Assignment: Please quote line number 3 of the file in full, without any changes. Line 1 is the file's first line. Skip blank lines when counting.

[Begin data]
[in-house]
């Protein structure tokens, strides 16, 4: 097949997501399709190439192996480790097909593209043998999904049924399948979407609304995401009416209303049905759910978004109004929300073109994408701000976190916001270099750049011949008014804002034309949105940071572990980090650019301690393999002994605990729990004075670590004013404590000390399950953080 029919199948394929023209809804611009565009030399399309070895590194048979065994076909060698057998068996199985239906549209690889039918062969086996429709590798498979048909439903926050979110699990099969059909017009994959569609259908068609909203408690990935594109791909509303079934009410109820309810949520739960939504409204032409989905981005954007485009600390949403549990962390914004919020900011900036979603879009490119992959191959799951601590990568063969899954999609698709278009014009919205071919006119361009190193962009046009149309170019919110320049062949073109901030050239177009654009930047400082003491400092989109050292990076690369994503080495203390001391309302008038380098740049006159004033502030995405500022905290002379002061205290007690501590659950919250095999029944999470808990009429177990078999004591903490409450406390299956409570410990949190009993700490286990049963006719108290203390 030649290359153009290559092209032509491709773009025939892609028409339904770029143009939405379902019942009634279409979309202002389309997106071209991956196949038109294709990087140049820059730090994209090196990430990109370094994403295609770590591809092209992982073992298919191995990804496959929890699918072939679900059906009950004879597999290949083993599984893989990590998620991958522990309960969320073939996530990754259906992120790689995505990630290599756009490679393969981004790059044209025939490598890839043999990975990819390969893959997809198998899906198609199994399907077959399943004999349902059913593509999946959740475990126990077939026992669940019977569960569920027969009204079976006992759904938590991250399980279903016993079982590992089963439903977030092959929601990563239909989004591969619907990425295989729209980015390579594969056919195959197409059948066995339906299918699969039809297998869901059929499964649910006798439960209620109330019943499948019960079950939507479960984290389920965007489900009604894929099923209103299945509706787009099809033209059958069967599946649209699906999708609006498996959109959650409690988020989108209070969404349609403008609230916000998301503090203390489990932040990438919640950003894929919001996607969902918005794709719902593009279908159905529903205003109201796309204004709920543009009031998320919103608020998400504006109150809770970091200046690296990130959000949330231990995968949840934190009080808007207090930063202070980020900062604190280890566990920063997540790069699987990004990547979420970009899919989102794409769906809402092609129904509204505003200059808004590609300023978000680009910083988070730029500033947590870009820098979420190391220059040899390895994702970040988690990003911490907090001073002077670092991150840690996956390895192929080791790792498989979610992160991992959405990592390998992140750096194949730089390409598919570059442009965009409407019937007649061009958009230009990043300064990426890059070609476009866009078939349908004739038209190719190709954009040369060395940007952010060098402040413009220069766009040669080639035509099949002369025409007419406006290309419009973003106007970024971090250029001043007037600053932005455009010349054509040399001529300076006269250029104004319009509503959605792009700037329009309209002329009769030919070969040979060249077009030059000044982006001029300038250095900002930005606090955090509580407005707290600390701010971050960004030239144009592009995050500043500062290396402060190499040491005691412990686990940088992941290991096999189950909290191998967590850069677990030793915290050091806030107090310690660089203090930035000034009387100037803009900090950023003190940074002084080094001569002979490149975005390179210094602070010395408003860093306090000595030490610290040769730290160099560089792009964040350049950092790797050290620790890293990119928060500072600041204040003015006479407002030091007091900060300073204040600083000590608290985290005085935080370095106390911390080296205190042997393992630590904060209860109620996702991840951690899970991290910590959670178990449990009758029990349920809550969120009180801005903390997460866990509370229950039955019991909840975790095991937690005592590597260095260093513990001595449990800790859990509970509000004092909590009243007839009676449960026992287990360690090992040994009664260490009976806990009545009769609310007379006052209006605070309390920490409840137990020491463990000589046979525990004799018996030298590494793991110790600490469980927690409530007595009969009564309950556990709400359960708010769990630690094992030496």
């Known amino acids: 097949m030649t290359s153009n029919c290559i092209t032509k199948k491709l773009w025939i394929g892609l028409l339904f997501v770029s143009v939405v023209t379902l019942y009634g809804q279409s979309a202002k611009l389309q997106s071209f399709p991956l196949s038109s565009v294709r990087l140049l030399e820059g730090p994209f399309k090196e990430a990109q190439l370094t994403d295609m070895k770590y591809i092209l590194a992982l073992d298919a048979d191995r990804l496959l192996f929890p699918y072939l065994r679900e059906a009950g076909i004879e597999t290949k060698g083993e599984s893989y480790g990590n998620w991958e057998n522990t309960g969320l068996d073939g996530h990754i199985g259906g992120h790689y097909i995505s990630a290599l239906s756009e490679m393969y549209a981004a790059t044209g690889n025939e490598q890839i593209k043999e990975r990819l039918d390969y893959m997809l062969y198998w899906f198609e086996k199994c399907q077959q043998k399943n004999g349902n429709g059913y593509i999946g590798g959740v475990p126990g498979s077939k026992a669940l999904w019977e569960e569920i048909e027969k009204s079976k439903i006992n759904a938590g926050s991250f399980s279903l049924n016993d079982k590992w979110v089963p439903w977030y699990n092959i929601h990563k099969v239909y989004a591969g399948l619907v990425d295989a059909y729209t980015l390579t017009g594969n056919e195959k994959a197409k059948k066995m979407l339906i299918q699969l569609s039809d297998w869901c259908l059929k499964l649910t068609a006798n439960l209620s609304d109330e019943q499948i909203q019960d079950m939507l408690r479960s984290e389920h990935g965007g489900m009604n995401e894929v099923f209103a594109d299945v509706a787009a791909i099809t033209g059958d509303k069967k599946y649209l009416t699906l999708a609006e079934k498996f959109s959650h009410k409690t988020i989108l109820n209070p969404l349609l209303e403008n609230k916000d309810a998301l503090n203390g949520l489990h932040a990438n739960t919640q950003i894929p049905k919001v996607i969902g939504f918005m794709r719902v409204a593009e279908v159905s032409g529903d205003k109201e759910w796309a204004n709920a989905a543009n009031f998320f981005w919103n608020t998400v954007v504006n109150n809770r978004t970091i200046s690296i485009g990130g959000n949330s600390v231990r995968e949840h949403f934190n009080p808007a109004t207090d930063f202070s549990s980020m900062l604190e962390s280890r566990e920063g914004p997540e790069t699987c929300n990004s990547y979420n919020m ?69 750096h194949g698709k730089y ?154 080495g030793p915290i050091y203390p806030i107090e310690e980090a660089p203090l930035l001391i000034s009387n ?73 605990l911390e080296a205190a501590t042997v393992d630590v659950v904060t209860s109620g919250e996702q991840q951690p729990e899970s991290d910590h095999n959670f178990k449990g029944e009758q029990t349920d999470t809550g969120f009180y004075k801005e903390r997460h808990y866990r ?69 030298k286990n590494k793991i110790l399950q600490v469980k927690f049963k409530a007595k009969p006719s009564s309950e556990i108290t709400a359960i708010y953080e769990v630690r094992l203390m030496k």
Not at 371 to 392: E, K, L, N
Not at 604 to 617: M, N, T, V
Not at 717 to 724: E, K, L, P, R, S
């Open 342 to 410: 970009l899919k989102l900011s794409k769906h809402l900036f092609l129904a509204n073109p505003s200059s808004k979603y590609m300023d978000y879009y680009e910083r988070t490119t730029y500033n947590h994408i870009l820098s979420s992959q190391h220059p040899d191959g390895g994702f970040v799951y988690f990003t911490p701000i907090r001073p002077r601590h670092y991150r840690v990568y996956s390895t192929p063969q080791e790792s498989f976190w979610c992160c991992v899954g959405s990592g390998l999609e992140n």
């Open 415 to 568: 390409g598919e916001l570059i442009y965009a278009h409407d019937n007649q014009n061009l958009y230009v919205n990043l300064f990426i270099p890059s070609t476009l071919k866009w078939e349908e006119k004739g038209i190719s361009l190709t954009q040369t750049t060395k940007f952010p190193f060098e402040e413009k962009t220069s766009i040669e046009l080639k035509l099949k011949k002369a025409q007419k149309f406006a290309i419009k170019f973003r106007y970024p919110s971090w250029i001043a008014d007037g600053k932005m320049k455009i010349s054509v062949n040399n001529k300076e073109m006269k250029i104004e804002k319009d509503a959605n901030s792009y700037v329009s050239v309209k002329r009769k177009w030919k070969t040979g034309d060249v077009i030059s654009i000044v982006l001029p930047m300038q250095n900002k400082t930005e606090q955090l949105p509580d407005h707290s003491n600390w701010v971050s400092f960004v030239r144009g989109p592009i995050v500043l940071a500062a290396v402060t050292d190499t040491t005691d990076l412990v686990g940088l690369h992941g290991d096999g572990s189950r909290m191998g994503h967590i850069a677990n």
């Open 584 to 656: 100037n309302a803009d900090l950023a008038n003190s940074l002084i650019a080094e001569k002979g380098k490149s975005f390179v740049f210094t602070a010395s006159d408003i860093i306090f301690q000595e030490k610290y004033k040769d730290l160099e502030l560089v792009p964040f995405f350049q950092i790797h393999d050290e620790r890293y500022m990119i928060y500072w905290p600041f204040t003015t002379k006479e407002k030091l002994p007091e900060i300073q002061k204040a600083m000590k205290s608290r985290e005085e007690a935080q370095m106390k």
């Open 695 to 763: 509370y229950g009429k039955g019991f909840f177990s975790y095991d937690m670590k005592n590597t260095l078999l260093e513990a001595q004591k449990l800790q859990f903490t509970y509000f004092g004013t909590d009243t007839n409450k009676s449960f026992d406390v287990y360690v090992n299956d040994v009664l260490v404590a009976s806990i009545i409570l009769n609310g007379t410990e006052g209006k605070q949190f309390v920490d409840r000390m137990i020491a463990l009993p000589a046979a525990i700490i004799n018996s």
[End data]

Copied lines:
């Known amino acids: 097949m030649t290359s153009n029919c290559i092209t032509k199948k491709l773009w025939i394929g892609l028409l339904f997501v770029s143009v939405v023209t379902l019942y009634g809804q279409s979309a202002k611009l389309q997106s071209f399709p991956l196949s038109s565009v294709r990087l140049l030399e820059g730090p994209f399309k090196e990430a990109q190439l370094t994403d295609m070895k770590y591809i092209l590194a992982l073992d298919a048979d191995r990804l496959l192996f929890p699918y072939l065994r679900e059906a009950g076909i004879e597999t290949k060698g083993e599984s893989y480790g990590n998620w991958e057998n522990t309960g969320l068996d073939g996530h990754i199985g259906g992120h790689y097909i995505s990630a290599l239906s756009e490679m393969y549209a981004a790059t044209g690889n025939e490598q890839i593209k043999e990975r990819l039918d390969y893959m997809l062969y198998w899906f198609e086996k199994c399907q077959q043998k399943n004999g349902n429709g059913y593509i999946g590798g959740v475990p126990g498979s077939k026992a669940l999904w019977e569960e569920i048909e027969k009204s079976k439903i006992n759904a938590g926050s991250f399980s279903l049924n016993d079982k590992w979110v089963p439903w977030y699990n092959i929601h990563k099969v239909y989004a591969g399948l619907v990425d295989a059909y729209t980015l390579t017009g594969n056919e195959k994959a197409k059948k066995m979407l339906i299918q699969l569609s039809d297998w869901c259908l059929k499964l649910t068609a006798n439960l209620s609304d109330e019943q499948i909203q019960d079950m939507l408690r479960s984290e389920h990935g965007g489900m009604n995401e894929v099923f209103a594109d299945v509706a787009a791909i099809t033209g059958d509303k069967k599946y649209l009416t699906l999708a609006e079934k498996f959109s959650h009410k409690t988020i989108l109820n209070p969404l349609l209303e403008n609230k916000d309810a998301l503090n203390g949520l489990h932040a990438n739960t919640q950003i894929p049905k919001v996607i969902g939504f918005m794709r719902v409204a593009e279908v159905s032409g529903d205003k109201e759910w796309a204004n709920a989905a543009n009031f998320f981005w919103n608020t998400v954007v504006n109150n809770r978004t970091i200046s690296i485009g990130g959000n949330s600390v231990r995968e949840h949403f934190n009080p808007a109004t207090d930063f202070s549990s980020m900062l604190e962390s280890r566990e920063g914004p997540e790069t699987c929300n990004s990547y979420n919020m ?69 750096h194949g698709k730089y ?154 080495g030793p915290i050091y203390p806030i107090e310690e980090a660089p203090l930035l001391i000034s009387n ?73 605990l911390e080296a205190a501590t042997v393992d630590v659950v904060t209860s109620g919250e996702q991840q951690p729990e899970s991290d910590h095999n959670f178990k449990g029944e009758q029990t349920d999470t809550g969120f009180y004075k801005e903390r997460h808990y866990r ?69 030298k286990n590494k793991i110790l399950q600490v469980k927690f049963k409530a007595k009969p006719s009564s309950e556990i108290t709400a359960i708010y953080e769990v630690r094992l203390m030496k």